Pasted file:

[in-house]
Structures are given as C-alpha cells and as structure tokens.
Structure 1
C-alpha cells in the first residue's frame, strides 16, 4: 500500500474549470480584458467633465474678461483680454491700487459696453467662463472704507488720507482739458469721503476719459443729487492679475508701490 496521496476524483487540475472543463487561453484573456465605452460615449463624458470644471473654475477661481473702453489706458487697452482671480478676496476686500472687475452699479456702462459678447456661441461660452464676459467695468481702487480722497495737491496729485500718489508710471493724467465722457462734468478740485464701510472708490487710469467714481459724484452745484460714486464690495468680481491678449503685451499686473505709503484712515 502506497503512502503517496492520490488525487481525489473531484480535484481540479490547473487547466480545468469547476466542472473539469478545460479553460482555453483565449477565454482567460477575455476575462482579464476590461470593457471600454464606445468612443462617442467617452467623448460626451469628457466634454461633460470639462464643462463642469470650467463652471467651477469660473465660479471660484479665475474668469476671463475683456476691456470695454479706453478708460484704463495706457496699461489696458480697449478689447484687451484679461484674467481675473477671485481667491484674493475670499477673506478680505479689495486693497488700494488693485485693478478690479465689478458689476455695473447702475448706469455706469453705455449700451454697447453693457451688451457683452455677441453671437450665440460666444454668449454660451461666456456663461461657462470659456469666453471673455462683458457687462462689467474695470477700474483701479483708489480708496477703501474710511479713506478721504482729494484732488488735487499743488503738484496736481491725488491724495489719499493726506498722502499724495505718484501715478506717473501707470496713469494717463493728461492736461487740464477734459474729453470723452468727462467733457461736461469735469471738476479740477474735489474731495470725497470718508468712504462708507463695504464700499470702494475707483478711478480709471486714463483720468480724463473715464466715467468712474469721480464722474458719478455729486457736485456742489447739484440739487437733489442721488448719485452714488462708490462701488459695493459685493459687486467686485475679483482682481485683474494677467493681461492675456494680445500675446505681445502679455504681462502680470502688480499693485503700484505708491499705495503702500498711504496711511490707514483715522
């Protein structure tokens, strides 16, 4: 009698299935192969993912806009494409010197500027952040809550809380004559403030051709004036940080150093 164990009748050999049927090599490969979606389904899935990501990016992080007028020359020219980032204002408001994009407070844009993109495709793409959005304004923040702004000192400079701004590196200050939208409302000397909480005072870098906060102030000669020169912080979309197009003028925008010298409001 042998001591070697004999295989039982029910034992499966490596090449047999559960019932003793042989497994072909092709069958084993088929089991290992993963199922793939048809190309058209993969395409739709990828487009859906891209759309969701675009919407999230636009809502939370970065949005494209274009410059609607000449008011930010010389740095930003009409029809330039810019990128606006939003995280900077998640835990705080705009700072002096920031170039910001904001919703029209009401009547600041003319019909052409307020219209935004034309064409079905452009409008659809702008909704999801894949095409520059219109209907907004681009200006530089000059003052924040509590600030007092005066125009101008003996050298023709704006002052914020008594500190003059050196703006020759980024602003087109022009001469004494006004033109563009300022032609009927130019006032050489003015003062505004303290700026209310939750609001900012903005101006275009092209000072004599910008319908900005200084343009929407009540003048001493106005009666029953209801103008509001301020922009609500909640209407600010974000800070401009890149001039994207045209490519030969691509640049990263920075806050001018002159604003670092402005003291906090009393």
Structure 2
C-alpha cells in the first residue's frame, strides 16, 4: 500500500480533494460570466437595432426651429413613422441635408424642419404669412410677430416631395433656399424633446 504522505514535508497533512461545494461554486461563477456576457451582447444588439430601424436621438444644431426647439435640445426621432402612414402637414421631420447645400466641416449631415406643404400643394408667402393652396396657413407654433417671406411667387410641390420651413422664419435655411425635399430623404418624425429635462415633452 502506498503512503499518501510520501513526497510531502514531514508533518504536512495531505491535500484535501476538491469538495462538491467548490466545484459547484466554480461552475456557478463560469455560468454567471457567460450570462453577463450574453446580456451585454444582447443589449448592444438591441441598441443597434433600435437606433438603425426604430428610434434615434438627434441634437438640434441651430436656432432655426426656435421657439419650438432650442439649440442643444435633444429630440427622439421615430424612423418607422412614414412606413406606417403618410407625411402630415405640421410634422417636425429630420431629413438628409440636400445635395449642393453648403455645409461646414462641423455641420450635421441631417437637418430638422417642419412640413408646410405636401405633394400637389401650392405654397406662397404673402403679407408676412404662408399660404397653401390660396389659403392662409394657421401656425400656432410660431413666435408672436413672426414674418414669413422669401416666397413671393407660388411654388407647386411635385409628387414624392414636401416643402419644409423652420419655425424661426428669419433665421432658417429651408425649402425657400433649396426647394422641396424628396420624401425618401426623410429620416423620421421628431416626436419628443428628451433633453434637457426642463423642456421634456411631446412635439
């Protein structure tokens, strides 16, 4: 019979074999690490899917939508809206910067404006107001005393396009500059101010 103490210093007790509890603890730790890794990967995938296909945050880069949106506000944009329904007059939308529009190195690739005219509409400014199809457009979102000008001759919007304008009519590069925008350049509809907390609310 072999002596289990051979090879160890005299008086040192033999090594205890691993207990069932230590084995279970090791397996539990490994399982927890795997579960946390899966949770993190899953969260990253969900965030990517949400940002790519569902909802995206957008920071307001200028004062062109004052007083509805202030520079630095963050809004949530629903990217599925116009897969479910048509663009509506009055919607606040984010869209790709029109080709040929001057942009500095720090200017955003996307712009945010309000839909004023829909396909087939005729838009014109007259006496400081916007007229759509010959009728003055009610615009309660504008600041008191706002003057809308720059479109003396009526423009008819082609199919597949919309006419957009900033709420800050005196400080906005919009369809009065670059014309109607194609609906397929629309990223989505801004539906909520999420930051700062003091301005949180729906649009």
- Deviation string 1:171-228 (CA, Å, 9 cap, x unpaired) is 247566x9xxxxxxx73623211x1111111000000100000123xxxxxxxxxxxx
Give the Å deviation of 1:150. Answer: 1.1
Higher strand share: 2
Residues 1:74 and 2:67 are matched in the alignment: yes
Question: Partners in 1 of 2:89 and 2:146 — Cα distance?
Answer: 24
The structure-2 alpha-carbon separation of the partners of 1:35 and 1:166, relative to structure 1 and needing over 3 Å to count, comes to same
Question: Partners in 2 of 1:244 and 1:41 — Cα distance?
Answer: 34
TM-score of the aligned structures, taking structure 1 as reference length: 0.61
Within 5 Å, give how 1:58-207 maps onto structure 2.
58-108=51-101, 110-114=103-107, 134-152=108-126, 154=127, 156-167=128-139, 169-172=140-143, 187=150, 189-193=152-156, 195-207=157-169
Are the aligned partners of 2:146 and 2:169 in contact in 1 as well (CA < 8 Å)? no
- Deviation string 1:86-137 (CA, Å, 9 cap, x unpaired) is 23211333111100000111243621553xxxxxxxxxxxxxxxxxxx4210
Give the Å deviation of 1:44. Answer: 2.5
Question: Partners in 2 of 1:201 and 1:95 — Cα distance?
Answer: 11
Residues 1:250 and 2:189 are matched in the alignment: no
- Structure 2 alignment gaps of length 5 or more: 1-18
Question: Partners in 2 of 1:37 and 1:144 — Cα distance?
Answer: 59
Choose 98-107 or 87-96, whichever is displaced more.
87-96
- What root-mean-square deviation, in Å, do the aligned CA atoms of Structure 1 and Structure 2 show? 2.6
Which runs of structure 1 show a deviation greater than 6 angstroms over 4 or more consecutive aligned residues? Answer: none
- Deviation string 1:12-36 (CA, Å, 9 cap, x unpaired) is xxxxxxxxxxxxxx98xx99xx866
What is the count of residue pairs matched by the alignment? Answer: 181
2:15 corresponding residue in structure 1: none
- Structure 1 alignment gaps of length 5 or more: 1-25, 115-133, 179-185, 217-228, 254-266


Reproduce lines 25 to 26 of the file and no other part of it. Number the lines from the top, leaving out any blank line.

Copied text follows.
Answer: 11
Residues 1:250 and 2:189 are matched in the alignment: no